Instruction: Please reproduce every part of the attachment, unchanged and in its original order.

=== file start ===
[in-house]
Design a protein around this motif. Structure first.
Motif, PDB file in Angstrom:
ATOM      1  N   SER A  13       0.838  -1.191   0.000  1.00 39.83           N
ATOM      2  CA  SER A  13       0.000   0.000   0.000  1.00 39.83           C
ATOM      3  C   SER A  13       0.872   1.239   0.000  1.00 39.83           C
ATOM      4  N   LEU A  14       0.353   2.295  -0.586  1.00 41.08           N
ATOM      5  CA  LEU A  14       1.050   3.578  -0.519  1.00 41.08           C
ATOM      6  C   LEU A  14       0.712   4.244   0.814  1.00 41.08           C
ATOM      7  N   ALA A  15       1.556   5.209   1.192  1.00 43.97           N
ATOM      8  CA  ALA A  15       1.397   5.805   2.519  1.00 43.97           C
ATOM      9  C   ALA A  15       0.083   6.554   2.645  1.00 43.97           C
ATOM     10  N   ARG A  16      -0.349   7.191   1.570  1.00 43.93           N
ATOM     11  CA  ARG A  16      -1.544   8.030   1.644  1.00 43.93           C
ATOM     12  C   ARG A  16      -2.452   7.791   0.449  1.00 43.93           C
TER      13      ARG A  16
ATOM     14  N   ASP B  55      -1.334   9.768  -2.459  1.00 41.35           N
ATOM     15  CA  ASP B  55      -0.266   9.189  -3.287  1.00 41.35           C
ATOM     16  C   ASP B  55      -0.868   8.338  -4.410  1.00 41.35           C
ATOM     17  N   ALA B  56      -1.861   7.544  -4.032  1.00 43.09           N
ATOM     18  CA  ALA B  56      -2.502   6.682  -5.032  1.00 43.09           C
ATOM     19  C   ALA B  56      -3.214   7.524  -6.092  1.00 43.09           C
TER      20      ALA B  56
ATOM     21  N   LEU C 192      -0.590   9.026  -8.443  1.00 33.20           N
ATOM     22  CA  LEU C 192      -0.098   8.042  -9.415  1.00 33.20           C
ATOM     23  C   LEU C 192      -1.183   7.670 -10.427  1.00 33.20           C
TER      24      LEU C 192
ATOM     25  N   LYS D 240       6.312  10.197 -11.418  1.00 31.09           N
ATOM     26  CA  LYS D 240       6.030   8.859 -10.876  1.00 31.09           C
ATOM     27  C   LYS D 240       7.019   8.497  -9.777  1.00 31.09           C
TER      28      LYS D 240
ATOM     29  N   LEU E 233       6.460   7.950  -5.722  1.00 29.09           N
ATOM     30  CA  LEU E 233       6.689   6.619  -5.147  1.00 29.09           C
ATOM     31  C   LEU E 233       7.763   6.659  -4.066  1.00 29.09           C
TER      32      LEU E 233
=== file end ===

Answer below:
[in-house]
Design a protein around this motif. Structure first.
Motif, PDB file in Angstrom:
ATOM      1  N   SER A  13       0.838  -1.191   0.000  1.00 39.83           N
ATOM      2  CA  SER A  13       0.000   0.000   0.000  1.00 39.83           C
ATOM      3  C   SER A  13       0.872   1.239   0.000  1.00 39.83           C
ATOM      4  N   LEU A  14       0.353   2.295  -0.586  1.00 41.08           N
ATOM      5  CA  LEU A  14       1.050   3.578  -0.519  1.00 41.08           C
ATOM      6  C   LEU A  14       0.712   4.244   0.814  1.00 41.08           C
ATOM      7  N   ALA A  15       1.556   5.209   1.192  1.00 43.97           N
ATOM      8  CA  ALA A  15       1.397   5.805   2.519  1.00 43.97           C
ATOM      9  C   ALA A  15       0.083   6.554   2.645  1.00 43.97           C
ATOM     10  N   ARG A  16      -0.349   7.191   1.570  1.00 43.93           N
ATOM     11  CA  ARG A  16      -1.544   8.030   1.644  1.00 43.93           C
ATOM     12  C   ARG A  16      -2.452   7.791   0.449  1.00 43.93           C
TER      13      ARG A  16
ATOM     14  N   ASP B  55      -1.334   9.768  -2.459  1.00 41.35           N
ATOM     15  CA  ASP B  55      -0.266   9.189  -3.287  1.00 41.35           C
ATOM     16  C   ASP B  55      -0.868   8.338  -4.410  1.00 41.35           C
ATOM     17  N   ALA B  56      -1.861   7.544  -4.032  1.00 43.09           N
ATOM     18  CA  ALA B  56      -2.502   6.682  -5.032  1.00 43.09           C
ATOM     19  C   ALA B  56      -3.214   7.524  -6.092  1.00 43.09           C
TER      20      ALA B  56
ATOM     21  N   LEU C 192      -0.590   9.026  -8.443  1.00 33.20           N
ATOM     22  CA  LEU C 192      -0.098   8.042  -9.415  1.00 33.20           C
ATOM     23  C   LEU C 192      -1.183   7.670 -10.427  1.00 33.20           C
TER      24      LEU C 192
ATOM     25  N   LYS D 240       6.312  10.197 -11.418  1.00 31.09           N
ATOM     26  CA  LYS D 240       6.030   8.859 -10.876  1.00 31.09           C
ATOM     27  C   LYS D 240       7.019   8.497  -9.777  1.00 31.09           C
TER      28      LYS D 240
ATOM     29  N   LEU E 233       6.460   7.950  -5.722  1.00 29.09           N
ATOM     30  CA  LEU E 233       6.689   6.619  -5.147  1.00 29.09           C
ATOM     31  C   LEU E 233       7.763   6.659  -4.066  1.00 29.09           C
TER      32      LEU E 233